My friend Martin Golding is happy to report that deep frying is an excellent way to make up sufficient quantities of bacon for large gatherings of hungry campers.

One of his tasks this past weekend was to make breakfast for ~70 people in a camping environment. With a deep fry set up, Martin was able to crisp up 13 pounds of bacon in less than an hour.

Will deep frying bacon make it unnecessarily greasy? One person out of the 70 thought so. If this were a vegetarian free event, Martin would have addressed that issue by deep frying it in unhydrogenated lard.

I’m sorry- and you were still chewing on the concept of bacon being deep fried let alone in lard… I’ll give you a moment to digest the image of a bacon & lard melange.

As if crispy bacon wasn’t enough reward, the left over cooking oil picks up a smoky bacon flavor that is reportedly excellent for making potato crisps.

Deep fry update from Martin:
“Premium bacon contains less water, and cooks faster.
Eggs can be deep fried, but it’s not pretty. I’ll be working on that.”

More large scale cooking recipes and ideas


posted August 28th, 2007 at 8:05 am

Oh man….bacon and lard, guess there weren’t any Jews there. Haha. Thanks for sharing.

posted August 28th, 2007 at 4:49 pm

Sounds like a great time! I love outdoor cooking and have even put together easy menu ideas for large groups that you would probably enjoy!

posted August 28th, 2007 at 9:07 pm

I am thrilled to discover that other people think of things like this, and then actually do them.

By the way, I still haven’t gotten the bacon bourbon to work, but I’m not giving up.

Oh- a slice of crisped bacon steeped in a bottle of boubon?
I’m there!


- Dave
posted August 31st, 2007 at 9:57 am

Man oh man! I’ve got three kids (now grown) and for a good 10 years or so, I would wake up on Sunday mornings to my kids and a crowd of their friends hungry for pancakes and bacon. I wish I knew about deep frying the bacon back then! Thanks for sharing!

- Lisa
posted September 17th, 2007 at 5:24 pm

Where does one ever find genuine non-hydrogenated lard these days? Sure I can find hydrogenated lard anywhere but not even the good butcher shops in Seattle seem to have ‘the real stuff’…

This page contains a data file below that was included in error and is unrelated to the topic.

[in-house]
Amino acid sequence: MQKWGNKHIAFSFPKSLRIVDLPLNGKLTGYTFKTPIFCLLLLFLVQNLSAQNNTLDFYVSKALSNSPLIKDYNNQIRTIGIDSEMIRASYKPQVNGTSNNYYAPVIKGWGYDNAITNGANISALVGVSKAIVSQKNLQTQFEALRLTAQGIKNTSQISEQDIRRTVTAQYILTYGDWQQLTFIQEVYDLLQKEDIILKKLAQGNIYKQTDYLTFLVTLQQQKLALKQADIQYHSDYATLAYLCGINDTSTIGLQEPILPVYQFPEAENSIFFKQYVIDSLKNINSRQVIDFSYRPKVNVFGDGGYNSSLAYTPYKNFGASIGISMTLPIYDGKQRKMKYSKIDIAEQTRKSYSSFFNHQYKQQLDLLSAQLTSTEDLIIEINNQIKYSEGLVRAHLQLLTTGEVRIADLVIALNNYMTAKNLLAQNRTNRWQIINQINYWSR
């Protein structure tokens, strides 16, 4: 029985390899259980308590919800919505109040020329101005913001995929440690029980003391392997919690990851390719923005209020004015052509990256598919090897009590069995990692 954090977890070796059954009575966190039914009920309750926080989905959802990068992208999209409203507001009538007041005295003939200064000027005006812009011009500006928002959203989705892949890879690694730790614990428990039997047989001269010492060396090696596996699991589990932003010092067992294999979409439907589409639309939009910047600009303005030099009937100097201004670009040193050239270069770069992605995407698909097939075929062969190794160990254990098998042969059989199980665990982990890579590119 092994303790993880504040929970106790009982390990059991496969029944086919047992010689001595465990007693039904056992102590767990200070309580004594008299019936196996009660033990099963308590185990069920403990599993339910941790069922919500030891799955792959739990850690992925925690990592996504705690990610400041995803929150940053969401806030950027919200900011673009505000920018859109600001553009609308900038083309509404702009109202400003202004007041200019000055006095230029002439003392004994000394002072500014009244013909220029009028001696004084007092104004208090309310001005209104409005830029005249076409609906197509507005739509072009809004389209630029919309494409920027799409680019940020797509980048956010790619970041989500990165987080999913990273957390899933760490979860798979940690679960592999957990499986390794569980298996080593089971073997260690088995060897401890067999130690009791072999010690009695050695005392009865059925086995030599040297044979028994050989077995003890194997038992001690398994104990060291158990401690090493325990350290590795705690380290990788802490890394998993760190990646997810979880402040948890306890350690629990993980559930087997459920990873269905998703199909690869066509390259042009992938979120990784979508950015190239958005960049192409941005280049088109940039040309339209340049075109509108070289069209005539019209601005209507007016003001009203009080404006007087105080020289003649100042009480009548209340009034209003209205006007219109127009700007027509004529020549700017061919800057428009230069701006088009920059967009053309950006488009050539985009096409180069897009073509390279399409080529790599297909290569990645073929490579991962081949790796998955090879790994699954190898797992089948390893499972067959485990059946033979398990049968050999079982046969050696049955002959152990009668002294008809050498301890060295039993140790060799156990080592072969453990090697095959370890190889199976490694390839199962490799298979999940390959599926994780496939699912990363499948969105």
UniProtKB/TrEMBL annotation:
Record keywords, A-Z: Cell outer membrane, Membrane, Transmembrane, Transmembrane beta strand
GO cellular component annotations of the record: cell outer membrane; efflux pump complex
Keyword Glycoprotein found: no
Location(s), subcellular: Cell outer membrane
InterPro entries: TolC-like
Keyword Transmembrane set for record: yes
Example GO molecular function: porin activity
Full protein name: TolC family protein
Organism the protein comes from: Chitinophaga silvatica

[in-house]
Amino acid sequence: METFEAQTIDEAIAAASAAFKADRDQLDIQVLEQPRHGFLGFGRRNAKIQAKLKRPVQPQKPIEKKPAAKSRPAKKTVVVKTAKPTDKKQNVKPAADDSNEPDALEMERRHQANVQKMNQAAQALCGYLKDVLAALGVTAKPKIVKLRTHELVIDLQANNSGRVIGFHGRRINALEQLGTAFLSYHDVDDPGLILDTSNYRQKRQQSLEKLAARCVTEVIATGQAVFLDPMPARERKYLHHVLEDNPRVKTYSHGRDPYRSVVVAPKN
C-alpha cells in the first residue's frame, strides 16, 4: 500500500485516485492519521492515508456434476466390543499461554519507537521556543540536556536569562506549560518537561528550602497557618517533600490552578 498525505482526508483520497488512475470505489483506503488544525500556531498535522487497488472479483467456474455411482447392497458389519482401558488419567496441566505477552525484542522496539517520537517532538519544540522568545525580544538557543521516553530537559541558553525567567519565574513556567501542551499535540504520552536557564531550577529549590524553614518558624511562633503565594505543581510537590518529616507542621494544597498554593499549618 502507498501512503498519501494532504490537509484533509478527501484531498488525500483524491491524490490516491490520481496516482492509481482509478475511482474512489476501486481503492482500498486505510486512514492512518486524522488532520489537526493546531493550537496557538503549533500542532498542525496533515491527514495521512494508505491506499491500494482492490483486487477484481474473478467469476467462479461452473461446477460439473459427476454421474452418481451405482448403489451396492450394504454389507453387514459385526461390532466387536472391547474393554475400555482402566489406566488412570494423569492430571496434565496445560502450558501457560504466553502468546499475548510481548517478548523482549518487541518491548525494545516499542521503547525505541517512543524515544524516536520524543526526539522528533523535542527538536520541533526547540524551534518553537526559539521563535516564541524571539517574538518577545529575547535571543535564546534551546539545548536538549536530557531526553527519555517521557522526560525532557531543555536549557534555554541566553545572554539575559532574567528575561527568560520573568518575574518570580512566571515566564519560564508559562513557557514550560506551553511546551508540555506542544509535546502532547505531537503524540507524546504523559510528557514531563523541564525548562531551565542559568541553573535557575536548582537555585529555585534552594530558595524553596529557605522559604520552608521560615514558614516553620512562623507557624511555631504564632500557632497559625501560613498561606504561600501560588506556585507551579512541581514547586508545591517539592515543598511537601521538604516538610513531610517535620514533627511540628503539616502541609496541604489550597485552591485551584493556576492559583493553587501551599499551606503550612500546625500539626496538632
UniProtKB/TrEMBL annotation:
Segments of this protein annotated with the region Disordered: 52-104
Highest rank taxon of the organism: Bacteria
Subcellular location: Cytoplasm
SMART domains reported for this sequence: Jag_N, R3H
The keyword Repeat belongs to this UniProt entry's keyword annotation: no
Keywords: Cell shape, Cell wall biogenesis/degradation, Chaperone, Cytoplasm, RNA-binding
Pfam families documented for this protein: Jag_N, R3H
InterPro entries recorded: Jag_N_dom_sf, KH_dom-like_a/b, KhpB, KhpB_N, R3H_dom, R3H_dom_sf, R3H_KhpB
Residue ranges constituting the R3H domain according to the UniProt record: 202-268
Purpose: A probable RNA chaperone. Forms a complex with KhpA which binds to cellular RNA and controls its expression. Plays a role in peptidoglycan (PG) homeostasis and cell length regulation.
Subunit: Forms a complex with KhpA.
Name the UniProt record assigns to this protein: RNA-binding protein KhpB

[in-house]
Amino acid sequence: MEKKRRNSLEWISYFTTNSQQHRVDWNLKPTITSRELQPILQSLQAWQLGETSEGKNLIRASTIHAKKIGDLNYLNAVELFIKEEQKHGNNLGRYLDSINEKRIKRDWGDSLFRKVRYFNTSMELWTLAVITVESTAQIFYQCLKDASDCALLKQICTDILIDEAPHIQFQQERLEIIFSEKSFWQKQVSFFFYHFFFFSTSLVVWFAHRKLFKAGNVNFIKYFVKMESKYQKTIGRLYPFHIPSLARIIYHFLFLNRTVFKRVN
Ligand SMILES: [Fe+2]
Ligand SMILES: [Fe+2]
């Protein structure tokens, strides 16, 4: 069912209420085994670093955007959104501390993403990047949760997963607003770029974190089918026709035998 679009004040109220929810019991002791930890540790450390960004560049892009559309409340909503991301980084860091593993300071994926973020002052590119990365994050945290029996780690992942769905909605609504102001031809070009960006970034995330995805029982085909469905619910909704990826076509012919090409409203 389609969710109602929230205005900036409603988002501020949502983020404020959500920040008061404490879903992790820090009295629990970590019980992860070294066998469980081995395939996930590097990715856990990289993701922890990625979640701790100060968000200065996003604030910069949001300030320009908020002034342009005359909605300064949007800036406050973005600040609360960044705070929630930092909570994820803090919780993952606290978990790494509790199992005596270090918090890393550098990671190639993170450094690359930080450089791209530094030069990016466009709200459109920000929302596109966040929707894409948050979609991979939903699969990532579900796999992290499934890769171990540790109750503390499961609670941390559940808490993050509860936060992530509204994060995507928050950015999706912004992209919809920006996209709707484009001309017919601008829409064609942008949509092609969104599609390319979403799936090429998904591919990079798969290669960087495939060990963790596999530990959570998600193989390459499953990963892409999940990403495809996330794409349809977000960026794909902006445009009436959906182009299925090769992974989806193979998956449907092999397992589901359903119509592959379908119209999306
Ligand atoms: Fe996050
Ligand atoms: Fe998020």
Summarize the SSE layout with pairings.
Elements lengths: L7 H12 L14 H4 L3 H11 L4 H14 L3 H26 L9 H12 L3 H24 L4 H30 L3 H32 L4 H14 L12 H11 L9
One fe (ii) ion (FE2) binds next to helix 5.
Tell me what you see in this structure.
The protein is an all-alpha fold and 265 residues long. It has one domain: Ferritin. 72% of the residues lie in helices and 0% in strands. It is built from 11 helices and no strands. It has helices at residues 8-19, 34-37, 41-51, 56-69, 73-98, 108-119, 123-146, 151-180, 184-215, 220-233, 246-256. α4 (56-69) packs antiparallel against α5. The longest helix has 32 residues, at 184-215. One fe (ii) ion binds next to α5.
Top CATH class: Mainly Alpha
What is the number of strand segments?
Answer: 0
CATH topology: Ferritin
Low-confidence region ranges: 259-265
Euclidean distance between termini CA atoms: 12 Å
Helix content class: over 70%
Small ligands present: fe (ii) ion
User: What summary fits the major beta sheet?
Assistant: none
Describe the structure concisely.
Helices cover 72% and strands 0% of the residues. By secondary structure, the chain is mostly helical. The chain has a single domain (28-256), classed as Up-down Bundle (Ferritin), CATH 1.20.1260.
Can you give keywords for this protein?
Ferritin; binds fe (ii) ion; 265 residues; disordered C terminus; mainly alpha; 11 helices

I don’t know about the Seattle area, but I’ve found good lard sold in Hispanic Markets. There is also the option of rendering your own. Using my Food Blogs search to the right will yield several hits on how to render your own lard. Here’s one method from eGullet and one from MeatHenge.

Best of Luck

posted September 28th, 2007 at 6:30 pm

it’s the only way I order bacon in New Jersey…otherwise its floppy (an ‘ew ew ew’ in my world). not greasy, just delish.
as a side comment on the deep fried eggs. i new a guy that swore by them, but only made by his father. he had a ‘special’ cast iron skillet that was devoted to the cause.

- Amanda
posted October 16th, 2007 at 5:56 am

I was about to order “guaranteed non-hydrogenated” Maple Leaf lard from, but the shipping cost from Canada stopped me. I had heard such good things about cooking with lard that I bought Lundy Lard in a big pail from the local grocery. It doesn’t say one way or the other if it is hydrogenated, but I expect it is. Anyway, I tested my biscuit recipe with it and was disappointed. A faint bacon grease flavor and the biscuits were heavy and crumbly. I went back to using my Spectrum non-hydrogenated palm oil shortening. With it, I get light fluffy biscuits with just a touch of crispiness on the outside. I didn’t test the lard for piecrust or frying yet.

- Marion
posted October 16th, 2007 at 6:04 am

Forgot to say that if you want to order the non-hydrogenated lard from Canada Online, you can find it under “Baking Supplies”, and it is called Tenderflake Lard (made by Maple Leaf Co.) It is really too bad that none of the manufacturers in the US make a non-hydrogenated lard.

- Marion
posted November 29th, 2007 at 12:48 pm

Leidy’s out of Souderton, PA makes unhydrogenated lard. It is labelled just “Pure lard” which is legal because that is really all that is in it. You find it in the refrigerated section at grocery stores in the Philadelphia area; can’t say about other places, but if you track down a butcher it is really easy to render your own from fatback.

- Jessica
posted April 10th, 2008 at 4:54 pm

Deep fried eggs? They’re called Egg Foo Yong and have been around for quite a while. I use Egg Beaters: 1/4 cup Egg Beaters, some raw onion and canned bean sprouts. I confess to adding a little MSG (Accent).
Mix and pour into hot oil. Cook for a few minutes, flip (very carefully) and cook a little longer. Absolutely fabulous with left-over homemade chicken gravy. I have to tell you, it was pretty scary the first time I tried this. When you first pour the eggs into the oil, they sort of foam up (a lot). Just be sure to have two large spoons ready to to push the foaming mass together.
This also happens when you flip the eggs, but to a lesser degree. Now, I have to try the deep fried bacon…

Hmmm- I beg to differ. Egg Foo Yong is a pan fried omelette style dish, not deep fried.


- Lizzy B.
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